In UNGA, US President Biden highlights ‘groundbreaking’ achievements at G20 Leaders’ Summit

In UNGA, US President Biden highlights ‘groundbreaking’ achievements at G20 Leaders’ Summit
In UNGA, US President Biden highlights ‘groundbreaking’ achievements at G20 Leaders’ Summit

UNITED NATIONS: US President Joe Biden on Tuesday highlighted “groundbreaking” achievements — including an economic corridor linking India, the Middle East and Europe; and admission of the African Union in the G20 grouping — made at the G20 Summit in New Delhi, as he addressed world leaders at the high-level UN General Assembly session. The annual G20 Leaders’ Summit was hosted by India under its presidency from September 9-10.
“In groundbreaking effort, we announced at the G20 to connect India to Europe through the UAE, Saudi Arabia, Jordan and Israel,” Biden said in his address to Heads of State and Government at the 193-member UN General Assembly on the opening day of the General Debate.
He said this would “spur opportunities” for investment across two continents.
“This is part of our effort to build a more sustainable, integrated Middle East. It demonstrates how Israel has a greater normalisation and economic connection with its neighbours” which will bring positive and practical impacts.
The ambitious India-Middle East-Europe Economic Corridor (IMEC) was jointly announced by the leaders of the US, India, Saudi Arabia, the United Arab Emirates, France, Germany, Italy and the European Union on the sidelines of the G20 summit.
The new economic corridor is seen as an alternative to China’s controversial Belt and Road Initiative (BRI).
The IMEC is expected to stimulate economic development through enhanced connectivity and economic integration between Asia, the Arabian Gulf, and Europe.
The IMEC will comprise two separate corridors, the east corridor connecting India to the Arabian Gulf and the northern corridor connecting the Arabian Gulf to Europe.
It will include a railway that, upon completion, will provide a reliable and cost-effective cross-border ship-to-rail transit network to supplement existing maritime and road transport routes – enabling goods and services to transit to, from, and between India, the UAE, Saudi Arabia, Jordan, Israel, and Europe, the Memorandum of Understanding on the Principles of an India – Middle East – Europe Economic Corridor said.
In his address from the iconic UN General Assembly podium, Biden also referred to the admission of the African Union to the G20 during the summit.
“We strengthened the G20 as a vital forum, welcoming the African Union as a permanent member. By upgrading and strengthening our institutions, that’s only half of the picture. We must also forge new partnerships, confront new challenges,” he said.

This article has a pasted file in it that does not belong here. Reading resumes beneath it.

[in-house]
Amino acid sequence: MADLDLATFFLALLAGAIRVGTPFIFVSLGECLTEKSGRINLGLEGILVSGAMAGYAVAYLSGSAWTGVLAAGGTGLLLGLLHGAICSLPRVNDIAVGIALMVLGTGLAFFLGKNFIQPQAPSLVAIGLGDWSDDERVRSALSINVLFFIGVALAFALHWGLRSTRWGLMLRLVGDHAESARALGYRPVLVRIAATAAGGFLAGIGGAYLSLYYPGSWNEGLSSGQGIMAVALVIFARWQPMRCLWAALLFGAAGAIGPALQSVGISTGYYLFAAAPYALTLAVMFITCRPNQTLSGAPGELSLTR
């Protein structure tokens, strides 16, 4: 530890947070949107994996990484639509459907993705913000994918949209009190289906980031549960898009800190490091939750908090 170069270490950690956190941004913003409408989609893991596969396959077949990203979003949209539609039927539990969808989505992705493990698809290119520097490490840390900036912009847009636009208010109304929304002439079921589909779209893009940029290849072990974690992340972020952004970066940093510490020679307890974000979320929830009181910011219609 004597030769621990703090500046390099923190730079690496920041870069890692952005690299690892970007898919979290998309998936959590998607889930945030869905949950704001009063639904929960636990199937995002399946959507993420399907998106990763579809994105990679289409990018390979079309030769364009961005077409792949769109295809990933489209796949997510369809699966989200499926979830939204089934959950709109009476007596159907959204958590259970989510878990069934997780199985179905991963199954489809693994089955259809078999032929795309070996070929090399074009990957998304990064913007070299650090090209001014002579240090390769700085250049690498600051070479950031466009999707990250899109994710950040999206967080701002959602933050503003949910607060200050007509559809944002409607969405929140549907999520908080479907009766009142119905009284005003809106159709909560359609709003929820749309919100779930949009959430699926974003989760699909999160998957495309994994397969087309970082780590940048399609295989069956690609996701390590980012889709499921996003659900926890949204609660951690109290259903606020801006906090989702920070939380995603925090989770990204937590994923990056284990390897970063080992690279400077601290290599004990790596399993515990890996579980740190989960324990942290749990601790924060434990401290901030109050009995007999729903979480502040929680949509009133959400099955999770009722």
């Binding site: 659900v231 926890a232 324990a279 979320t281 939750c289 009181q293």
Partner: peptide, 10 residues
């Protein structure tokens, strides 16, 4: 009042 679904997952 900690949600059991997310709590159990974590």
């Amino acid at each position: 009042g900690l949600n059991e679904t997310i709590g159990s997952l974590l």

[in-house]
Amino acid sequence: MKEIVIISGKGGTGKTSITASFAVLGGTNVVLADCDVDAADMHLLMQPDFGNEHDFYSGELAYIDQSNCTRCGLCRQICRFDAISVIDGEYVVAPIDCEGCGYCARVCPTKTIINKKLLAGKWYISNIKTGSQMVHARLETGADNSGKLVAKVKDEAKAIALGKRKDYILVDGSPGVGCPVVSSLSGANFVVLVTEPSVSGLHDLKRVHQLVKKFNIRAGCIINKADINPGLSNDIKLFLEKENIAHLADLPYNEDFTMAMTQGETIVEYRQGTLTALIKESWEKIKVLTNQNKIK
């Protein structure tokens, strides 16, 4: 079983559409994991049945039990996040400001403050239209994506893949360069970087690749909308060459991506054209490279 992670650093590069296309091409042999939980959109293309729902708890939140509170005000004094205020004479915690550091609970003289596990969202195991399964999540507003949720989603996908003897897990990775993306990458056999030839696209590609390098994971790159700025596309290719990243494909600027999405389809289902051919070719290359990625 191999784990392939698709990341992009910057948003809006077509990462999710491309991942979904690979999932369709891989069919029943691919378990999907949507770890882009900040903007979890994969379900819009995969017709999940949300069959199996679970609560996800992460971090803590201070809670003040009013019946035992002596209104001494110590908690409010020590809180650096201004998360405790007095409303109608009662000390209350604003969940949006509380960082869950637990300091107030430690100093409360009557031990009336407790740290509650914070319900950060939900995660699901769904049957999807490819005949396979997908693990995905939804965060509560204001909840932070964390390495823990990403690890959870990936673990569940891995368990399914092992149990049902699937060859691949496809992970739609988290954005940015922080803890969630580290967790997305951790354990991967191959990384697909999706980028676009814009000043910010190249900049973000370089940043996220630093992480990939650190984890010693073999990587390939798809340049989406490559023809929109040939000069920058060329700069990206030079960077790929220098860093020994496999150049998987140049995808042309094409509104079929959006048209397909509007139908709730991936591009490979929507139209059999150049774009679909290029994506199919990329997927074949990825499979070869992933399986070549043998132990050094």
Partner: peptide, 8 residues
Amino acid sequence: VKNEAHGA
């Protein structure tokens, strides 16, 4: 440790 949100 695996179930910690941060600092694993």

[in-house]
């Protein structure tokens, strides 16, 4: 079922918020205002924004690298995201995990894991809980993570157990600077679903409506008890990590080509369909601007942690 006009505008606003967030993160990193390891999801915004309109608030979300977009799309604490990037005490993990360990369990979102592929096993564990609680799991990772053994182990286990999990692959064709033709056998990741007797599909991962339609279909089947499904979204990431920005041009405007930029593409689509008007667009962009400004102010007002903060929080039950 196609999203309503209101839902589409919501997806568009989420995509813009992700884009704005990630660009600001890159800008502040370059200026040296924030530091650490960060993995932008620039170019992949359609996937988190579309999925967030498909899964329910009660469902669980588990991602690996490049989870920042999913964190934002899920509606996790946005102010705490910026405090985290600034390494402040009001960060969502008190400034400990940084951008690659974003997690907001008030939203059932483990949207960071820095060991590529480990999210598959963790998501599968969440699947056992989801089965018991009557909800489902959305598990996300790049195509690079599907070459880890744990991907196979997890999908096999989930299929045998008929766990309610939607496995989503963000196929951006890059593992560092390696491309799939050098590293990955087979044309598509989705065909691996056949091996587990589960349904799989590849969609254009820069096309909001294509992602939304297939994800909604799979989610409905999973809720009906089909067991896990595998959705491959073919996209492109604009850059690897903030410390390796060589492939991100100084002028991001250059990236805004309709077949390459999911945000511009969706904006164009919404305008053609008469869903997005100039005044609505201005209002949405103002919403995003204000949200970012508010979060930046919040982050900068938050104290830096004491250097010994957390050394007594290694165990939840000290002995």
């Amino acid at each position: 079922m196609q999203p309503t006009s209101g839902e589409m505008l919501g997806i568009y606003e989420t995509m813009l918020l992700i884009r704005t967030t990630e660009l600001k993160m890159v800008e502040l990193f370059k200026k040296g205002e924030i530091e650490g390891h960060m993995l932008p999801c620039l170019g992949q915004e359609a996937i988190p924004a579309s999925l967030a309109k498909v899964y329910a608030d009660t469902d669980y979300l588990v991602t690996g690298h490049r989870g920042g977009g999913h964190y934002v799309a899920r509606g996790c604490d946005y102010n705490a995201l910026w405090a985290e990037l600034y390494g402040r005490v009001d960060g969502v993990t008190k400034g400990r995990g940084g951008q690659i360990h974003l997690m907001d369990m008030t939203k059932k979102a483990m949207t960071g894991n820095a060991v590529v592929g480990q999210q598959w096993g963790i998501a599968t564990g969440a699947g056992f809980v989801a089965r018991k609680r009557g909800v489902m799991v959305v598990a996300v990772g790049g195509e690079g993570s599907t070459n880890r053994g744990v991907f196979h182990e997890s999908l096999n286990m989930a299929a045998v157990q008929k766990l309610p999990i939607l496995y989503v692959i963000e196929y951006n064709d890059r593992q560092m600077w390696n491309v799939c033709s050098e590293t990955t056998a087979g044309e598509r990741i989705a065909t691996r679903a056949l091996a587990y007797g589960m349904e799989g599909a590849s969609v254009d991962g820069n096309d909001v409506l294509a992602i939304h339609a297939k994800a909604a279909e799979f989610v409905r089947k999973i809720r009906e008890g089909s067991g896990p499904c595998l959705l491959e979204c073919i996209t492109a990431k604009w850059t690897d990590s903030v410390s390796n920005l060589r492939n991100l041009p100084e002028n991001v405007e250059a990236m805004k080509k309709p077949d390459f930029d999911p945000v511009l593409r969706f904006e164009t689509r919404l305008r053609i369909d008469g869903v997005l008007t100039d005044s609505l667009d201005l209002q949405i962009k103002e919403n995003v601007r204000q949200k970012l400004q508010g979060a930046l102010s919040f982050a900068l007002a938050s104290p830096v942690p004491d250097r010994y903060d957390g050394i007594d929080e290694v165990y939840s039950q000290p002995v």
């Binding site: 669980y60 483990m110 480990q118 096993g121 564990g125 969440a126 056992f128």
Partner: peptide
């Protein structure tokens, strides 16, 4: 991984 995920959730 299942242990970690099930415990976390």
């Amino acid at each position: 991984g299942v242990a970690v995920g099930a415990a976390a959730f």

Referring to the Quad, Biden said in the Indo-Pacific, “We’ve elevated our Quad partnership with India, Japan, Australia to deliver concrete progress for the people of the region, on everything from vaccines to maritime security.” The Quad comprises Japan, India, Australia and the United States.
Biden travelled to New Delhi to attend the G20 Leaders’ Summit that culminated in the successful adoption by consensus of a joint declaration.
In a significant milestone under India’s G20 presidency, the African Union became a new permanent member of the grouping of the largest economies of the world during the summit in Delhi. It was the first expansion of the influential bloc since its inception in 1999.
All member countries of the G20 accepted Prime Minister Narendra Modi’s proposal to bring the key bloc of the Global South to the high table of the world’s top economies.
In his inaugural remarks at the Summit, Modi had asked the President of the Union of Comoros and Chairperson of the African Union (AU) Azali Assoumani to join other leaders at the high table, making the 55-member bloc the second multi-nation grouping, after the EU, to be a permanent member of the G20.
Biden also reiterated Washington’s support for reform of the UN Security Council, with expansion in both permanent and non-permanent members.
“Simply put, the 21st century results are badly needed to move us along. That starts with the United Nations, starts right here in this room. In my address to this body last year, I announced the United States will support expanding the Security Council, increasing the number of permanent and non-permanent members,” he said.
Biden underlined that the US has undertaken serious consultation with many member states. “We’ll continue to do our part to push more reform efforts forward,” he said.
He said Washington recognises that to meet the “new challenges of our decades-old institutions and approaches, they must be updated to keep peace with the world”.
“We have to bring in more leadership and capability that exists everywhere, especially from regions that have not always been fully included. We have to grapple with the challenges that are more connected and more complex. We have to make sure we’re delivering for people everywhere, not just somewhere, everywhere,” Biden said.
He emphasises that nations have to look for points of common ground and make progress in the year ahead.
“We need to be able to break the gridlock that too often stymies progress and blocks consensus on the Council. We need more voices, more perspectives at the table. The UN must continue to preserve peace, prevent conflict and alleviate human suffering. And we embrace nations stepping up to lead new ways and to seek new breakthroughs on hard issues,” Biden said.

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